I try to follow the footnotes, while the objects take on the esoteric meanings ascribed to them by Hall’s words, as if they were shifting shapes before my eyes. Many of the sculptures have referents in everyday items, resembling perhaps a handle, a cup, a brick, or a lemon, but they are none of these things exactly. Hall quotes a line about gardening from Gertrude Stein’s The Autobiography of Alice B. Toklas, and the spotted triangular piece of paper projected on the screen nearly transforms into a bed of flowers. It’s a kind of linguistic alchemy. I listen and watch, trying to decipher the objects as if they were hieroglyphs, characters that look familiar but can’t quite be understood. Two curved shapes appears almost as parentheses, but turned on their sides; another set could be oblique punctuation marks. The gathering of a yellow ball, a set of blue squares with holes in the middle, and two pink wedges flits on the screen as Hall quotes interviews with artist Scott Burton and writer Ursula K. Leguin. Hall’s hands move with a delicate determination, not quite caressing the objects they made. Each grouping is a fleeting assemblage, calling to mind Erwin Wurm’s One Minute Sculptures.
The work’s title, “AND PER SE AND,” is derived from a Latin portmanteau of the letters “e” and “t” or “et,” otherwise known as “and.” Hall explains in the 23rd “tuft” (as they refer to each sculpture/quotation in the series):
Medieval English-Latin dictionaries sometimes taught spelling not letter by letter as we do but syllable by syllable. When an English letter, like I, formed a word by itself, it was spelled I per se I, which is Latin for I by itself is the word I. In the mid 15th century, the & symbol was added to the alphabet as a letter after z, as it was common in print—so you would say w, x, y, z, &. Since the symbol by itself was a word, it was, using the system of syllable spelling, spelled & per se &… But the four words and per se and were gradually slurred together into one word, the contraction ampersand, which in the early 1800’s became recognized as the official word for the & symbol.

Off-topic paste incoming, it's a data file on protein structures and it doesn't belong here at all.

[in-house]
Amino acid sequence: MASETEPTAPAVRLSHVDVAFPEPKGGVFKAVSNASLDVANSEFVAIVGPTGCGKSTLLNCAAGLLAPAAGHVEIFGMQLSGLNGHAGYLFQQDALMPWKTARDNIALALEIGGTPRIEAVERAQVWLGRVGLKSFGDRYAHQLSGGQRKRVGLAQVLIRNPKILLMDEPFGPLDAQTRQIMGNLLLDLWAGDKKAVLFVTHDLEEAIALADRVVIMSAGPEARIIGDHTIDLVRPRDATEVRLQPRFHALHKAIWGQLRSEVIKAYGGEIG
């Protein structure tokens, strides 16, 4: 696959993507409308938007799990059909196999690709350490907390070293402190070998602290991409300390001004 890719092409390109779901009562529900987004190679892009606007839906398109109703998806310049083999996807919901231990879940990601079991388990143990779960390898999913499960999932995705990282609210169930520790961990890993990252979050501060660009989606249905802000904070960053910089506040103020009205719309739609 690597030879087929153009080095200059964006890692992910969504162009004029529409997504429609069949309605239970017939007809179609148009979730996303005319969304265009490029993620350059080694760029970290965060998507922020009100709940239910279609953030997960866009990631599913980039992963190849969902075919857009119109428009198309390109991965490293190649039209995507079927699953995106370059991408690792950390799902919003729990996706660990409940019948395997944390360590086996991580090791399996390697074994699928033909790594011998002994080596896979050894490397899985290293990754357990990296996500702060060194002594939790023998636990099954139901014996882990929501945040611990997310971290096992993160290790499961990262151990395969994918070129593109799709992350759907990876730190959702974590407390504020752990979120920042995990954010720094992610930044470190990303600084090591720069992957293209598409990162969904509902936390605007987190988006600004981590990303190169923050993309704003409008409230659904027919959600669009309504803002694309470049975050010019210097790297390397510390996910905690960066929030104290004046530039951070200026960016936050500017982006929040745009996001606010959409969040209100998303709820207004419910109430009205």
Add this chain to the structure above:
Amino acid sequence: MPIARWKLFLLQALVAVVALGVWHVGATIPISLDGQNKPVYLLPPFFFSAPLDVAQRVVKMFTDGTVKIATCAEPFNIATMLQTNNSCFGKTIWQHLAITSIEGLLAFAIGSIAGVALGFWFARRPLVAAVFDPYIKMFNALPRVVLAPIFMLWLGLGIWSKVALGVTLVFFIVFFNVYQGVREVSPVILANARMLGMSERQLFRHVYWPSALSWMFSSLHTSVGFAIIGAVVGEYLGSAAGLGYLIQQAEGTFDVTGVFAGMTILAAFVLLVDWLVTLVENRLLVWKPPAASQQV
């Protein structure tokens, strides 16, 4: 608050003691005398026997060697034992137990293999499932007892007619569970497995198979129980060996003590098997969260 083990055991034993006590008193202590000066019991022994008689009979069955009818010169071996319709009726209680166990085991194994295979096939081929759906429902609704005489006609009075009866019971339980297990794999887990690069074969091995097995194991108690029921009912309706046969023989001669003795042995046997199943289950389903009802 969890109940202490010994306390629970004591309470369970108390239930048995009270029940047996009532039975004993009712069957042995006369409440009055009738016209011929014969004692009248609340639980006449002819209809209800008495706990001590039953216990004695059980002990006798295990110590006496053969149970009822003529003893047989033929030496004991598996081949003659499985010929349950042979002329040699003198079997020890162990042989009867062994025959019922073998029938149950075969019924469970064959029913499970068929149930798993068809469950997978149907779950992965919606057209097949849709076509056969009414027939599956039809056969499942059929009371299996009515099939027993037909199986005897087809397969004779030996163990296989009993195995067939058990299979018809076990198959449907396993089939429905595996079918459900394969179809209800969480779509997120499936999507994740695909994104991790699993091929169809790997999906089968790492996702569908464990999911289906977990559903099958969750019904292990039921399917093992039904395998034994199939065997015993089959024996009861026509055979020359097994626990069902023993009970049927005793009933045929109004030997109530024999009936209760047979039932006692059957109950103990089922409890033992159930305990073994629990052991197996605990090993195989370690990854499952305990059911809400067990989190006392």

Hall’s exploration of changes in the history of the alphabet offers a way of talking about their own ambiguity regarding finite categories of gender; it’s also as a way of discussing the fickleness of so many of the systems that govern our everyday lives and identities. If the alphabet, a system we think of as fixed and timeless, is in fact a construct subject to change, then why shouldn’t our ideas of gender as fixed also be subject to change? Is a cup really a cup, or does it just look like a cup? Is a lemon really lemon, or just a lemon-colored, lemon-sized round object? Assumptions can be made, only to be broken. Although the performance was at times opaque, it’s one of Hall’s most obviously personal pieces to date, in scale as well as in content — in addition to artists and academics, Hall also quotes themself. “AND PER SE AND” first moves forward, counting its way down through 23 sculptures paired with 23 quotations, then backwards, counting up, requoting them all. You follow along, recognizing some of the referents, beginning to associate them with specific objects, retraining yourself to find meaning in these peculiar combinations of words and images. It feels like learning an arcane foreign language. “AND PER SE AND” allows for a strange and pleasurable cognitive dissonance, and leaves you wondering what use there ever was in having binaries to begin with.